A data analyst transforms the data found inside of an organization into new information critical to business decisions. Her task may be as simple as gathering a list of customers with a certain credit rating, or she may perform a complex time series analysis to predict next year’s sales trends. Anyone with a good background in math, critical thinking skills and attention to detail can excel in this career. Median salaries are around $74,000 per year.
Before an analyst can start her work, she must collect the data to be studied. Data may come from a corporate database, a survey, supplied from government agencies or downloaded from Internet sources. Analysts may design and administer surveys, craft the questions, notify customers of the survey, then gather and analyze the results.
Once the data has been collected, the analyst often must filter and "clean" the data to remove errors and ensure consistency. Abbreviations found inside names and addresses may not match, data values may have been keyed incorrectly or fields may be missing. Analysts often need some programming skills to correct errors or may use programs like Microsoft Access to repair data.
Lists and Summaries
Many of the reports an analyst creates simply filter, sort and list data, adding groupings and subtotals. Tools like Microsoft Access or Crystal Reports allow the analyst to design these reports by dragging and dropping data elements and titles onto a template. When executives need data, they often describe their needs in general terms. Then, it is the analyst’s job to determine the source of the data and design the appropriate list or summary.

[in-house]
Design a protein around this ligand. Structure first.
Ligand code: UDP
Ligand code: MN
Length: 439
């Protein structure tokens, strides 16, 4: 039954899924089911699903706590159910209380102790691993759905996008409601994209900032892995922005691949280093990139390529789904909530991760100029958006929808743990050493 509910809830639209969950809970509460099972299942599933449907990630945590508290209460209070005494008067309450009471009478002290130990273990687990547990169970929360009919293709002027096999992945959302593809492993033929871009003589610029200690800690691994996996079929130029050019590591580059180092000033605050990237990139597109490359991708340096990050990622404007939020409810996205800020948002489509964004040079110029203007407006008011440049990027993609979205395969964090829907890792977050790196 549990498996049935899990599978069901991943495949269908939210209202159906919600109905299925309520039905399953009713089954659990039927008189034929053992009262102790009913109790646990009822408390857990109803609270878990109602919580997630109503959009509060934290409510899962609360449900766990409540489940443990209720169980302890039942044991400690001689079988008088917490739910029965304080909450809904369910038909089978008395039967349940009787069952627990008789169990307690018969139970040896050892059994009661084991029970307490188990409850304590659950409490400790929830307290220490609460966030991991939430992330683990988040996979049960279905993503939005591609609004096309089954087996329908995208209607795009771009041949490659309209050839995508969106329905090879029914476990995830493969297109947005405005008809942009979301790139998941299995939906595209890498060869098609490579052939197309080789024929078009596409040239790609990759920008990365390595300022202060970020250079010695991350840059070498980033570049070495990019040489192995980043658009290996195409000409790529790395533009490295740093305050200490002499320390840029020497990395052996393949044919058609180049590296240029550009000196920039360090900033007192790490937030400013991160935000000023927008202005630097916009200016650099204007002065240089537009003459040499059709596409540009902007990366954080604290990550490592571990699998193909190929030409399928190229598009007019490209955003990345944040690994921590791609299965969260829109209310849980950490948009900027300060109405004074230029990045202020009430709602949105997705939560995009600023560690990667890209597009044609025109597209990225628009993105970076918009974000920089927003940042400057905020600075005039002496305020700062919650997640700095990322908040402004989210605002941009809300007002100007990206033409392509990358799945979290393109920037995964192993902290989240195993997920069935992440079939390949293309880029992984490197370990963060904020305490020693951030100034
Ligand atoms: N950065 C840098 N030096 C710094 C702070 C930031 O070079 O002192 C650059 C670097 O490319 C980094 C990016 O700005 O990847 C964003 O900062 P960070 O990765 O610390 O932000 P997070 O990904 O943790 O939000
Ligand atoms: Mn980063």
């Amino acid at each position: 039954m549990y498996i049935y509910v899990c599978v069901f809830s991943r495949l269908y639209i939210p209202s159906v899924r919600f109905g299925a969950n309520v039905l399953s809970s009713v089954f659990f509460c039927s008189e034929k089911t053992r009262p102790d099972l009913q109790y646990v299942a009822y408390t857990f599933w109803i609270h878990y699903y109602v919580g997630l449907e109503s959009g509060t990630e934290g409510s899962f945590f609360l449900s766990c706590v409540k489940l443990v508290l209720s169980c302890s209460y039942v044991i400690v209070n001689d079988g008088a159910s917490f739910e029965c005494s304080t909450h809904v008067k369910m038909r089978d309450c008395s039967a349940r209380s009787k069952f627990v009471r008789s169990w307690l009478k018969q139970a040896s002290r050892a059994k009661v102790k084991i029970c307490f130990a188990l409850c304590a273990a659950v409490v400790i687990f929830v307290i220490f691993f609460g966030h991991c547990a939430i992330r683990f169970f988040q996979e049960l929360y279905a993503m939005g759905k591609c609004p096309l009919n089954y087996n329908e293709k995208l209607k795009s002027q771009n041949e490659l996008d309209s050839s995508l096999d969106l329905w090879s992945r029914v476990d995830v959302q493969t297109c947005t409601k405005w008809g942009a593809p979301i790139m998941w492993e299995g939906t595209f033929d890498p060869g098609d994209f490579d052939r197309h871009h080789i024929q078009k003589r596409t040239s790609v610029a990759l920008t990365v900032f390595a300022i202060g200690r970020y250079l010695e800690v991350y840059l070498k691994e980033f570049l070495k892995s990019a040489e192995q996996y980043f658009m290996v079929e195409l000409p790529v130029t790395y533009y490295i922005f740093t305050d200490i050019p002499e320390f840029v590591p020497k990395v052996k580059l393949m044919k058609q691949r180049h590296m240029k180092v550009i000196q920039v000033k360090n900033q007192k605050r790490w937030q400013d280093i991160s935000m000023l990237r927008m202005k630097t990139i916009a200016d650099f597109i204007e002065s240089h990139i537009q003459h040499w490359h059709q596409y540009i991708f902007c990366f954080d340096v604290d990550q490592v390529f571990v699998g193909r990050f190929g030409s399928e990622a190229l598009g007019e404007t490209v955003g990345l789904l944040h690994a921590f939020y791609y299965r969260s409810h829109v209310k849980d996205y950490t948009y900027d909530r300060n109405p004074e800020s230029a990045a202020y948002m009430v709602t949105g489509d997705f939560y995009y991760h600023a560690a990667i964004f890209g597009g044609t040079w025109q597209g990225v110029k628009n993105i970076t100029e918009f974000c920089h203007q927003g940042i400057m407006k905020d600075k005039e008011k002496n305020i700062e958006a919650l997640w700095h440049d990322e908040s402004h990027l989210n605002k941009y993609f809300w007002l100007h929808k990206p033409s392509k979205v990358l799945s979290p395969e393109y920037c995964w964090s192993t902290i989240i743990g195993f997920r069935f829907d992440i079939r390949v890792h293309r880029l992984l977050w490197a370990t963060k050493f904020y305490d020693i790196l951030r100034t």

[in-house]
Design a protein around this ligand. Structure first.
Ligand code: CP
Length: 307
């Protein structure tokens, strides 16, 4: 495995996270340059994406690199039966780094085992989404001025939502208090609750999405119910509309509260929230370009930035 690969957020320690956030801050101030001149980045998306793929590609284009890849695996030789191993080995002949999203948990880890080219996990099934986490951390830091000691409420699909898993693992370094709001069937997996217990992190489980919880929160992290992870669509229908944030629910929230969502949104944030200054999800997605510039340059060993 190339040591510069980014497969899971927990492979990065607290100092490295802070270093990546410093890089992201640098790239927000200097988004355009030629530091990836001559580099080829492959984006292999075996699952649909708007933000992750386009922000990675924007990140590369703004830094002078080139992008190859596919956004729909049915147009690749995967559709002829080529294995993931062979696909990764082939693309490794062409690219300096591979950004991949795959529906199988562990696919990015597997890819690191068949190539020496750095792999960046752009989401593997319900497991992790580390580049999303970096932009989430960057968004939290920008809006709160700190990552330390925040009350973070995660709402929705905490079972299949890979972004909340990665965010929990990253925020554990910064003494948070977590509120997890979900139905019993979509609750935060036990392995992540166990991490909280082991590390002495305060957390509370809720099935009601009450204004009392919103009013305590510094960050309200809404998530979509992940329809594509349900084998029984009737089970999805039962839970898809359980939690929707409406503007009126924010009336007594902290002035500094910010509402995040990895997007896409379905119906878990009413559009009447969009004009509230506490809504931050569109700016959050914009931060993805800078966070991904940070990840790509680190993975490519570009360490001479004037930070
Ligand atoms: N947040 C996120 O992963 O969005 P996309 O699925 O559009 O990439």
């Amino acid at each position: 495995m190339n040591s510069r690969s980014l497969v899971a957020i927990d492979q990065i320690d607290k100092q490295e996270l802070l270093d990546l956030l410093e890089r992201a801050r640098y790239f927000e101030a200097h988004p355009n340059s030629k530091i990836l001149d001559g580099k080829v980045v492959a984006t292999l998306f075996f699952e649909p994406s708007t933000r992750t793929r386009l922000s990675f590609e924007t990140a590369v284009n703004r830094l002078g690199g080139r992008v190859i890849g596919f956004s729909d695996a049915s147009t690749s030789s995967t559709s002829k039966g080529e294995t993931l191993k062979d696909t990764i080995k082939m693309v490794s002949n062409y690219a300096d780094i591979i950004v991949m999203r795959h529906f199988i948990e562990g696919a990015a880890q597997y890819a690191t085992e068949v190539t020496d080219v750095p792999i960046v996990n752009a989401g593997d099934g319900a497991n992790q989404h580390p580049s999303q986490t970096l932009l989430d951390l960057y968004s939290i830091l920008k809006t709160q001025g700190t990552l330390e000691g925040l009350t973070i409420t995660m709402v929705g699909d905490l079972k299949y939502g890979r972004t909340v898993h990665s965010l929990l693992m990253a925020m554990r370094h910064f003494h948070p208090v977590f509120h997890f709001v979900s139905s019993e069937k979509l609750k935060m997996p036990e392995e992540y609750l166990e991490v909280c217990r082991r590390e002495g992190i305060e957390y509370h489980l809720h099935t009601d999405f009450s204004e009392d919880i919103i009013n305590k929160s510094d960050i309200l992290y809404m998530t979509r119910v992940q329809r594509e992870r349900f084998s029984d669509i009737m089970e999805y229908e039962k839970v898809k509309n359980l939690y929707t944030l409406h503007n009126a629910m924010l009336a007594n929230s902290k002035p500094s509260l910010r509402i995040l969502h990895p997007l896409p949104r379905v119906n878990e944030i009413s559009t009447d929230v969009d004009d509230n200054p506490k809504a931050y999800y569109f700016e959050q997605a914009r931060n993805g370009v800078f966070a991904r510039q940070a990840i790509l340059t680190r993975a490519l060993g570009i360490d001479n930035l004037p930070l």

Graphs and Charts
In addition to lists and summaries, data often is presented as charts and graphs. Using tools like Excel or other presentation graphics packages, the analyst filters and groups the data, then selects a format that effectively presents the information.
When a list or graph does not meet the executive’s needs, the analyst will dig deeper into the data, using statistical techniques like correlation, regression or time series analysis to then write a report summarizing the findings in a language the executive understands. Tools like SAS or SPSS allow the analyst to create a variety of statistical models from a dataset, extracting averages, standard deviations and other statistical summaries. The analyst must know which statistical techniques apply to the given problem, and then translate these results into information useful to the executive.
Statistical analysis must be translated into meaningful information, so much of an analyst’s time is spent writing documents and reports. Findings may be published in research journals or may be described in executive summaries, so an analyst must have strong writing and communication skills. All of the math and analysis will be meaningless if the analyst cannot translate the knowledge into words the executive understands.